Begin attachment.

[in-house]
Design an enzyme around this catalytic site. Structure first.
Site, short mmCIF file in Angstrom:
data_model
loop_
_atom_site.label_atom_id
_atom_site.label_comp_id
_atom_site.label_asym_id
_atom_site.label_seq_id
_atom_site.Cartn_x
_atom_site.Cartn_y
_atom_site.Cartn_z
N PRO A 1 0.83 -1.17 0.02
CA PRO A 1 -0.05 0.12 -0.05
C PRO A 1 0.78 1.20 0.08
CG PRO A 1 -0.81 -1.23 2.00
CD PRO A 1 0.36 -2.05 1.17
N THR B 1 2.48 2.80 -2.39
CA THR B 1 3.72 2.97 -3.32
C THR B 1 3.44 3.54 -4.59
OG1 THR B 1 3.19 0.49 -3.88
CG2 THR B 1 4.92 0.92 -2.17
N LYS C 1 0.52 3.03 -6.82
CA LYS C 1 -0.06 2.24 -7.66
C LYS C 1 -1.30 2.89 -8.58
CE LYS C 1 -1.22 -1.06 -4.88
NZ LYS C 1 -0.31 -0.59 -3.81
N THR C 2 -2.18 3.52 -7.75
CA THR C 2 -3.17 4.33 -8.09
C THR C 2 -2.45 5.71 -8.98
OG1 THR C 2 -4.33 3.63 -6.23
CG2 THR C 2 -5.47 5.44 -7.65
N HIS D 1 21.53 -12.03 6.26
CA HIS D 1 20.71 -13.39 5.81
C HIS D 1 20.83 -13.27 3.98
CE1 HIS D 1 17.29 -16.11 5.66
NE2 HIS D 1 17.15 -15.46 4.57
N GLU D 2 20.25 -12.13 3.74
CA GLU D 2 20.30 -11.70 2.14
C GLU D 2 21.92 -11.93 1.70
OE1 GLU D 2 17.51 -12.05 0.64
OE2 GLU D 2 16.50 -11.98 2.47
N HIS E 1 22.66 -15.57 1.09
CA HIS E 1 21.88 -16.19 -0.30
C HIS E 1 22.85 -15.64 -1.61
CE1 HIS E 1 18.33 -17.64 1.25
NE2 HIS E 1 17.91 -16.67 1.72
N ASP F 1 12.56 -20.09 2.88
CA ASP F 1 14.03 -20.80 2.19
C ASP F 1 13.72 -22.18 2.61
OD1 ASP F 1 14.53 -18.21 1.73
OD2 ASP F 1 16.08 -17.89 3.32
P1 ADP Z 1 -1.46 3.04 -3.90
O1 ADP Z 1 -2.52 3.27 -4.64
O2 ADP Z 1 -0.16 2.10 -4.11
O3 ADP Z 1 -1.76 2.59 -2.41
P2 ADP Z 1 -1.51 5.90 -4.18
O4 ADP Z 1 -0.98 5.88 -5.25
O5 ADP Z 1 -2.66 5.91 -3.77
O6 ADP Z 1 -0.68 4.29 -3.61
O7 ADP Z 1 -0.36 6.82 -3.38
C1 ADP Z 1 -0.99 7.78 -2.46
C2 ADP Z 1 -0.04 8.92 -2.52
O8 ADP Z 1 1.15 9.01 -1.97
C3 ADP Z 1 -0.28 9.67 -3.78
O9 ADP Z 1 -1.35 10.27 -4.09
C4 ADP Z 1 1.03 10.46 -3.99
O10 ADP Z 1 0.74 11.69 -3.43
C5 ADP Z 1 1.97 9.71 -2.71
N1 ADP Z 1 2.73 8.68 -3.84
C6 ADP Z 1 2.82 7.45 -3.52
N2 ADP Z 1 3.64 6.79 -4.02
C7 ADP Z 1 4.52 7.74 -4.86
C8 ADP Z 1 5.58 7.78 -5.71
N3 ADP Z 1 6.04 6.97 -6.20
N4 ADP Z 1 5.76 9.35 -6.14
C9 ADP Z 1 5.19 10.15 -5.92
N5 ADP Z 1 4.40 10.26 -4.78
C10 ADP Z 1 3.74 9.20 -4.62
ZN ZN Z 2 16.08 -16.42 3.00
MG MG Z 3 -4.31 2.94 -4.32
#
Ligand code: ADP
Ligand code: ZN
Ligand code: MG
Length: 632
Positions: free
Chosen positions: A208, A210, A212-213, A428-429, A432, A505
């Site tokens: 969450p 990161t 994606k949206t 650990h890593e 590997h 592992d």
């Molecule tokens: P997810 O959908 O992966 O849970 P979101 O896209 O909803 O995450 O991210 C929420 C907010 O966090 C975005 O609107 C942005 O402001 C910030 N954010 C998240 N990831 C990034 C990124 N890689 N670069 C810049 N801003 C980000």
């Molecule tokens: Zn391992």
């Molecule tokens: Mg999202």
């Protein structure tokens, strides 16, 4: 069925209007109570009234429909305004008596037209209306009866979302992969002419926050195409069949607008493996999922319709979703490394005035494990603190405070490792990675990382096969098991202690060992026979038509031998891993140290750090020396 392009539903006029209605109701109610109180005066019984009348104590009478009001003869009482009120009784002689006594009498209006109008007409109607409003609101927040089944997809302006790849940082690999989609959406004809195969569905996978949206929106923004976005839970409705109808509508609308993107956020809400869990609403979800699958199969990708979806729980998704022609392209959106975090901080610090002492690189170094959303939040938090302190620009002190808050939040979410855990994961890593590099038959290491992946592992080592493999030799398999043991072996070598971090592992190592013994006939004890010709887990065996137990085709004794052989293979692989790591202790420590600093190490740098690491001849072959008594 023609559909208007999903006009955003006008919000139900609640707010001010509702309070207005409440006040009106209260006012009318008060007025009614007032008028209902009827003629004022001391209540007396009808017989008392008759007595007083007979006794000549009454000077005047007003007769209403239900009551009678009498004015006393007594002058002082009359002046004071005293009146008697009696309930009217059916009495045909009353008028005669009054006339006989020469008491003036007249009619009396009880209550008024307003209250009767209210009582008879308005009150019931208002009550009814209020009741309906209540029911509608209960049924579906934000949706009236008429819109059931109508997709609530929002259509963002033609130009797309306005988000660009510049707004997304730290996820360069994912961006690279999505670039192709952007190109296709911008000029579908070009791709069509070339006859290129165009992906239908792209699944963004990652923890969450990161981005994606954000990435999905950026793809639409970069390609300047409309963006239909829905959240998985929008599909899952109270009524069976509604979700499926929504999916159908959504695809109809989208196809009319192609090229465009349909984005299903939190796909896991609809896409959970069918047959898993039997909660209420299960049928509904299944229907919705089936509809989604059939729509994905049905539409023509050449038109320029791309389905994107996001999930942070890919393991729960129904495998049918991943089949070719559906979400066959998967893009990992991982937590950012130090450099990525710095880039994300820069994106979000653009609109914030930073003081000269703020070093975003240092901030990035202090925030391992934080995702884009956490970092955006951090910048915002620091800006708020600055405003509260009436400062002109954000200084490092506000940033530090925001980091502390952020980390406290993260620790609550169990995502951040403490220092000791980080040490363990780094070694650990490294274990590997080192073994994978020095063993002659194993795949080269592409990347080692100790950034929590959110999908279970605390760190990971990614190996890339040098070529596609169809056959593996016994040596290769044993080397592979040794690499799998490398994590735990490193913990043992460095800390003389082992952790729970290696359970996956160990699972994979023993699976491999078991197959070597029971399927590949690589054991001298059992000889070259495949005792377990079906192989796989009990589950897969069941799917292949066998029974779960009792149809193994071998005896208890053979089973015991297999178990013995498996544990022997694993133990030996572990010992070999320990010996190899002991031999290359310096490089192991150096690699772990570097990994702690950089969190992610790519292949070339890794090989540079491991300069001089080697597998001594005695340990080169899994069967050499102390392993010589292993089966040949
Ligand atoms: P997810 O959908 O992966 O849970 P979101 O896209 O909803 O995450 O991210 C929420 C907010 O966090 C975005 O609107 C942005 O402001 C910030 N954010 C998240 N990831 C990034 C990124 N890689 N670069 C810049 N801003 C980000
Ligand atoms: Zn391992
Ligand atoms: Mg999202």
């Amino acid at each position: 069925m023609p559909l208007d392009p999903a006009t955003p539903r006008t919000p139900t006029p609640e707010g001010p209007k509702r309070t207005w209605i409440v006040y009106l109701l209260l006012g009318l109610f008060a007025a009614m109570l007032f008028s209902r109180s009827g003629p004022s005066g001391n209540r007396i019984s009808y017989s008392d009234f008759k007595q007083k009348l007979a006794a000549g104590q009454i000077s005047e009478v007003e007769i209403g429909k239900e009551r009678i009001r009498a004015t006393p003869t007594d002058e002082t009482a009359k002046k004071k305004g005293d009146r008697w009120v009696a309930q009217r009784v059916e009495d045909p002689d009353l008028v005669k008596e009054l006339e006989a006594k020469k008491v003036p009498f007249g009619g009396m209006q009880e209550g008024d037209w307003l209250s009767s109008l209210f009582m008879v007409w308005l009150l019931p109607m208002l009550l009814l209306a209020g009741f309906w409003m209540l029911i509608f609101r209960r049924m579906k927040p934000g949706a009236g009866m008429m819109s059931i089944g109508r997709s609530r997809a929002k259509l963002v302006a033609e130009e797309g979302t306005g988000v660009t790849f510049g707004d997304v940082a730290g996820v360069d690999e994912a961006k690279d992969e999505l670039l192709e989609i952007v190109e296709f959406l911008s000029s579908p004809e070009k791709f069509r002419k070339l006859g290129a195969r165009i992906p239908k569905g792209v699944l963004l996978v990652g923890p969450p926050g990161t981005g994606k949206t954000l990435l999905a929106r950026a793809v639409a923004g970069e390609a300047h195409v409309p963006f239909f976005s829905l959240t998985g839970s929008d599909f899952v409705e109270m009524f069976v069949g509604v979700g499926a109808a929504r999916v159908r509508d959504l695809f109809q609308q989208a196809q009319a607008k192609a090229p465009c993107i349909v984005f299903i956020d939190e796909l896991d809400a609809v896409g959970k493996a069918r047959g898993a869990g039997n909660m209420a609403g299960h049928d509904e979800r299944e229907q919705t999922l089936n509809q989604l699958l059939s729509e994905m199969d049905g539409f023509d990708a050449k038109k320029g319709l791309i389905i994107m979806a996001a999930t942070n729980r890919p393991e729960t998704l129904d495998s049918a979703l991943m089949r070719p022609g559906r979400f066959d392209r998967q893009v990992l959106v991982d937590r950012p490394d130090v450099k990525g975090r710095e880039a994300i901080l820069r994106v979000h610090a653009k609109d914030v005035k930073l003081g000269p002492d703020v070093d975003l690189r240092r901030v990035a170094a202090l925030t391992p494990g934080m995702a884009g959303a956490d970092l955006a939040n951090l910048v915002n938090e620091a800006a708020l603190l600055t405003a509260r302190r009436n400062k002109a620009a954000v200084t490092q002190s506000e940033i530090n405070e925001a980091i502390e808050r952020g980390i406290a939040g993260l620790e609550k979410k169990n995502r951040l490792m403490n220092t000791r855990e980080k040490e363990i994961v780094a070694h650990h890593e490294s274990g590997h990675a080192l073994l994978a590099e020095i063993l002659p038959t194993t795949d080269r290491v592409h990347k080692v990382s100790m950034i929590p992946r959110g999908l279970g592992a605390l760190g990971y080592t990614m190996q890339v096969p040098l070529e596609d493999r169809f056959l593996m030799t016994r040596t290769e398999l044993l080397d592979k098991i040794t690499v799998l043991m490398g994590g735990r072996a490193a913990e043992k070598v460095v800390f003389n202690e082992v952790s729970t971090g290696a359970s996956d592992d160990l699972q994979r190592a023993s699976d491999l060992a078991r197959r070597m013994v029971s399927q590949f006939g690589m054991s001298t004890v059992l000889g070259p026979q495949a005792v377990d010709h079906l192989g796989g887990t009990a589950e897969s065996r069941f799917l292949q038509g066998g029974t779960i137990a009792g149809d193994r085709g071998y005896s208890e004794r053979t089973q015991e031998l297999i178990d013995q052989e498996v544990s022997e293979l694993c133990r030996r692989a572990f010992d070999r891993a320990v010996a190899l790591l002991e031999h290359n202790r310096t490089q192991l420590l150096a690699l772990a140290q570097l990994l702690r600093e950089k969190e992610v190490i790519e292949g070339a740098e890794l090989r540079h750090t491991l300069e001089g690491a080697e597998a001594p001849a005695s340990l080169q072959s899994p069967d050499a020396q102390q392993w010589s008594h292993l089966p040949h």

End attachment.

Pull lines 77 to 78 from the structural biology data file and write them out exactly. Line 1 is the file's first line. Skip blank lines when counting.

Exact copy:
C9 ADP Z 1 5.19 10.15 -5.92
N5 ADP Z 1 4.40 10.26 -4.78